Christmas Advice Column: Why Sad Christmas Music?

advent-candle-blurDear Christmas Advice-Giver,

Why are some of the religious Christmas Carols so sad when this is the season of happiness?  I mean, really, “In the Bleak Midwinter?”  Nothing like a downer.  Aren’t we all supposed to be just super joyful right now?  And what does “bleak” mean anyway?

Signed, “Bleakless”

Dear Bleakless,

Here’s the situation:  For much of Christian church history (i.e., before advertising took over the world), the four weeks before Christmas Day were weeks of soul-searching, fasting, and preparation.  The formal name for this time is Advent, which simply means “coming toward.”  So, we are “coming toward” the entrance of Jesus into the world.  The question before the people is this:  “Why?  Why does the world need a Savior?”

Let us think about it and take a few minutes to intentionally enter the suffering of the world.  As a starter, consider the untold millions who are what is called “food insecure.” They really don’t know if there is adequate food even for the day to keep them from gnawing, weakness-inducing, muscle-wasting hunger.  Next, notice the pockets of extreme political instability. We see people sitting on their spark-ready tinderboxes, just waiting for the next provocation, imagined or real, to appear.  Finally, we might look at economic and climate uncertainties. With a tightly interconnected world economy and a fragile and vulnerable infrastructure, the relative comfort experienced by many could realistically disappear within hours.

Now, does the world need redeeming?  Do we need to be set free from the binding chains of darkness?  Do we need healing?  Do we need to connect with people across the divide of intractable differences? Do we need to use our creative minds for the larger good rather than mutual destruction?  Do we need to relearn the rhythms of life, work, play and worship that nourish and fill us rather than overly-stimulate us and then squeeze the last drop of life-moisture from us?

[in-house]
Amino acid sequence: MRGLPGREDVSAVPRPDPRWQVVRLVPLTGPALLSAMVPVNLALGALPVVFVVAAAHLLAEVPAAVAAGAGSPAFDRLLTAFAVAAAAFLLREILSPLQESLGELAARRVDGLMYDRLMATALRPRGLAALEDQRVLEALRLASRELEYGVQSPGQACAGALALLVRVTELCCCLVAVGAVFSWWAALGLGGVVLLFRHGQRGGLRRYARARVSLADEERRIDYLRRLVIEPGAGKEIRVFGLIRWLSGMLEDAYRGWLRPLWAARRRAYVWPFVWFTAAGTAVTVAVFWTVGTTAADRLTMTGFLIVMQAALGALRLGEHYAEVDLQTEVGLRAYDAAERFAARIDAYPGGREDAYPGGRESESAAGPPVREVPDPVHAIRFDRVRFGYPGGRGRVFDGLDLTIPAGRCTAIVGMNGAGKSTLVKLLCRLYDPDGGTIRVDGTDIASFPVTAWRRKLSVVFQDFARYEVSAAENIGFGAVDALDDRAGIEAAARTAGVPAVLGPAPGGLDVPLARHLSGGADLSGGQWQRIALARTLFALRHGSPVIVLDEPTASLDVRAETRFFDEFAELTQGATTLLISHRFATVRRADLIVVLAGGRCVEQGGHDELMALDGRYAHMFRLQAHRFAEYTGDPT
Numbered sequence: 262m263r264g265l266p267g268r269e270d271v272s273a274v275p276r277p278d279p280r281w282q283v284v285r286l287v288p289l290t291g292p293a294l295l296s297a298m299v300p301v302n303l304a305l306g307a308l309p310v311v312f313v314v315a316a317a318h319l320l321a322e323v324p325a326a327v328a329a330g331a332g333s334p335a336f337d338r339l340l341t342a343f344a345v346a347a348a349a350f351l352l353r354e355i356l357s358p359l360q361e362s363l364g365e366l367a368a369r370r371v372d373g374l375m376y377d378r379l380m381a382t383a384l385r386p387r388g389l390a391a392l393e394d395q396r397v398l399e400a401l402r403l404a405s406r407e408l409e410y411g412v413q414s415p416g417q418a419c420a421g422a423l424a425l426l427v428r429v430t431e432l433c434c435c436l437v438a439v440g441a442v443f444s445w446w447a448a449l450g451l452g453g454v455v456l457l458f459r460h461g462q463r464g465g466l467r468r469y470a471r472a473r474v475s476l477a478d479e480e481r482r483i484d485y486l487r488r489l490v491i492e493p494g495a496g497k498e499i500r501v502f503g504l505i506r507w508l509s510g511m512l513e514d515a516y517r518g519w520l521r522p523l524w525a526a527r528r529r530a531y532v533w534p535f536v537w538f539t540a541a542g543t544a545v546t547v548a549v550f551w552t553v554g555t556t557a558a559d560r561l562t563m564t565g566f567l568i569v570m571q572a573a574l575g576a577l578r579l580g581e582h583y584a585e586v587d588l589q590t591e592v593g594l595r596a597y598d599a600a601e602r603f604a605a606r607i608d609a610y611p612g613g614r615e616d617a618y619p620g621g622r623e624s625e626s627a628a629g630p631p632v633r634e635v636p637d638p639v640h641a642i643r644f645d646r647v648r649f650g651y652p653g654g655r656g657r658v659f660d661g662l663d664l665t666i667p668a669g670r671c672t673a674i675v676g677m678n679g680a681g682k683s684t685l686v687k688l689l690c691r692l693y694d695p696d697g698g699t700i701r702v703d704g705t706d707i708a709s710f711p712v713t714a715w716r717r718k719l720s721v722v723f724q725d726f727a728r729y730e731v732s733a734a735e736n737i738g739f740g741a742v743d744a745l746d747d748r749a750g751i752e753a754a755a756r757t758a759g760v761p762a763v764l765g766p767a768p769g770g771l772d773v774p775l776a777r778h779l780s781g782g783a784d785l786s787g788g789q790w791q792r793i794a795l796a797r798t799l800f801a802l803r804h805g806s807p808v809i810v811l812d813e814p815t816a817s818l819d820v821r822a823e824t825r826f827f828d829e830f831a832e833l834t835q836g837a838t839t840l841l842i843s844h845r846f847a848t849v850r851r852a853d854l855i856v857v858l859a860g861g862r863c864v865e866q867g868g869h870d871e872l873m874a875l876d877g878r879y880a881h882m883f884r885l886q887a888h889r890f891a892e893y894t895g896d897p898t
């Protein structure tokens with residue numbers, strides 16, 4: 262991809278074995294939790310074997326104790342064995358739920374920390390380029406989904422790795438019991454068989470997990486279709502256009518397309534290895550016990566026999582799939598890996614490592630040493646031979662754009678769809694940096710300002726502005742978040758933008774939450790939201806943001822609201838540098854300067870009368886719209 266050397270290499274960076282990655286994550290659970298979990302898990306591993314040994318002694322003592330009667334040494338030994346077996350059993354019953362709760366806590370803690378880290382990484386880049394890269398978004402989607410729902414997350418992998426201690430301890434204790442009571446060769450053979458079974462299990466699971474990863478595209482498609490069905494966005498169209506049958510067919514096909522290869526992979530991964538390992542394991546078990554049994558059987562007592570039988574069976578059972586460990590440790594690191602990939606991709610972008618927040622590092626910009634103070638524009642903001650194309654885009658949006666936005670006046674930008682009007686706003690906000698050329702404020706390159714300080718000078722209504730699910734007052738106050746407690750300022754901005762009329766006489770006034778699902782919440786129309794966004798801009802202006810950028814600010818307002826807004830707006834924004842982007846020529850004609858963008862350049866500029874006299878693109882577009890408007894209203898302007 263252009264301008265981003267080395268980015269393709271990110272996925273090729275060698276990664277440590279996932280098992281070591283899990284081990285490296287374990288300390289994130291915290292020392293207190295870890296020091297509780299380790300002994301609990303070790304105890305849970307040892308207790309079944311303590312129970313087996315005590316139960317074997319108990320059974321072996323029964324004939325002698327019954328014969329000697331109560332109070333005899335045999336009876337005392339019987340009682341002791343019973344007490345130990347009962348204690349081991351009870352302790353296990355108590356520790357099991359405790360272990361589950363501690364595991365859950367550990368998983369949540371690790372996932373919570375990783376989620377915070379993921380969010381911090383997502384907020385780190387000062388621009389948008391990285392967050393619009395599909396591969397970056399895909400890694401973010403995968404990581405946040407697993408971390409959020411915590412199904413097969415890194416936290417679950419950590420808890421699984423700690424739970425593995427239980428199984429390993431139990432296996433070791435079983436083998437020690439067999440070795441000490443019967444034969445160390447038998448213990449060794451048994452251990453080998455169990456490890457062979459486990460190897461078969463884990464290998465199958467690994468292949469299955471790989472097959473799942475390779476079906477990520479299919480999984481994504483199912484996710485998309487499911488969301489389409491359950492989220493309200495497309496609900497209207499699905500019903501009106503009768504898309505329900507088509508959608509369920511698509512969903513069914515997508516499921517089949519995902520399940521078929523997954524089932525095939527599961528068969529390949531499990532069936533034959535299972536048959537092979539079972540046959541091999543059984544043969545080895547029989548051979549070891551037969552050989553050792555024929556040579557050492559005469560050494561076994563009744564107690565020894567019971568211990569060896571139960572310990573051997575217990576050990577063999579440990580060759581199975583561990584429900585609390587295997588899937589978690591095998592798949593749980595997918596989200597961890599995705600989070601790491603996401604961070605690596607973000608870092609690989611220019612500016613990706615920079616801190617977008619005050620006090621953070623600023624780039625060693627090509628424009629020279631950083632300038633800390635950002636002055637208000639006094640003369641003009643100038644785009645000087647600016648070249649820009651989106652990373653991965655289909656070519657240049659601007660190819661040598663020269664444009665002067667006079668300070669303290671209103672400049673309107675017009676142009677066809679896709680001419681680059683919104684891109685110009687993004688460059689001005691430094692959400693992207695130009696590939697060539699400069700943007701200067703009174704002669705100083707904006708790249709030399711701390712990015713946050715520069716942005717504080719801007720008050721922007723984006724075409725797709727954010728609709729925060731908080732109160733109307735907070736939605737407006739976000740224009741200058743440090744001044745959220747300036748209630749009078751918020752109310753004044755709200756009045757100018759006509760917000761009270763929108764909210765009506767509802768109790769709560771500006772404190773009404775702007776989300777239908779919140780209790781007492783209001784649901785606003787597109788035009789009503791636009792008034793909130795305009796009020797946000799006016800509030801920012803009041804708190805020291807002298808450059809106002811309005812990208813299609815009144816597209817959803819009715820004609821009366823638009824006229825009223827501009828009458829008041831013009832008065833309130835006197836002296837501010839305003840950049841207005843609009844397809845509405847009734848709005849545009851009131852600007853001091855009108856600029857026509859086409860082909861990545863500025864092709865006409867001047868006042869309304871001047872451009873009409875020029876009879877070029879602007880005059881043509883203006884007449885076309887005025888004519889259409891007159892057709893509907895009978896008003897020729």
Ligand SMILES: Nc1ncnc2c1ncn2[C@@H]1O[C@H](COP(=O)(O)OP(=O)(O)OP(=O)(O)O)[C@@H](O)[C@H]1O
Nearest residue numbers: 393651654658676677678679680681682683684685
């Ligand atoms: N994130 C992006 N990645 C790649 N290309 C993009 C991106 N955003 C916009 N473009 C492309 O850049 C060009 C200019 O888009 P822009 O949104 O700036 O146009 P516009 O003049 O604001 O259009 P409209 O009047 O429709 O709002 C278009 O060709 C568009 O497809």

If we can answer “yes” to any of those questions, then music that reflects the deep longings of the soul makes a lot more sense.  Seriously, most of us really do want world peace for Christmas.

So, let’s think a bit about the push to be “super joyful” right now.  Where do you primarily see that message?  Mostly from businesses who want you to buy their stuff, the more expensive the better and, lots and lots of it.  They hold out promises that if you do, you will find utter bliss upon either giving or receiving that stuff.

Certainly gift-giving is a great idea. I don’t want to dismiss that custom.  We need celebrations, and we especially need them as the days become shorter and the nights become longer. We need lights and music and festivities.  We need Christmas Day.

But a world with only lights, and never the darkness to appreciate them, quickly turns dull and unappreciated.

Look at some of the words to “In The Bleak Midwinter.”

Angels and archangels may have gathered there,
cherubim and seraphim thronged the air;
but his mother only, in her maiden bliss,
worshiped the beloved with a kiss.

What can I give him, poor as I am?
If I were a shepherd, I would bring a lamb;
if I were a Wise Man, I would do my part;
yet what I can I give him:  give my heart.

This song, originally written as a Christmas poem by Christina Rosetti in 1872, was set to music in the early 1900’s.  The words beautifully show both the loneliness (bleakness, empty, hard, cold) of Jesus’s birth and our human incapacity to give adequately in response to such a great gift given to us.

By entering into some of the sorrow of the season, we gain greater capacity to find the delight and joy in it as well.

Merry Christmas,
Your friendly Christmas Advice-Giver

54 thoughts on “Christmas Advice Column: Why Sad Christmas Music?

  1. Many Christmas songs sound sad because they reflect upon more joyful times when we were very young, and Christmas was a happy time. Somehow, as we age we try to recapture those moments, but they are never to return.
    Christmas also has many joyful songs which is what I like the best. They proclaim the arrival of our Savior Jesus Christ. Do not waste your energy longing for times past, instead embrace the joy of the season and the beautiful future offered by Christ.

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  2. We must have that sad to know happiness, and
    Dark to recognize light.
    I do love the subtle slow and thought provoking songs of Christmas.
    But I absolutely connect with those joy filled songs.
    Like “Joy to the World” sung by Whitney Houston and the choir in “the Preachers Wife”

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  3. a nice read.

    iand i suddenly remembered this line: when you’re still waiting for the snow to fall, it doesn’t really feel like christmas at all.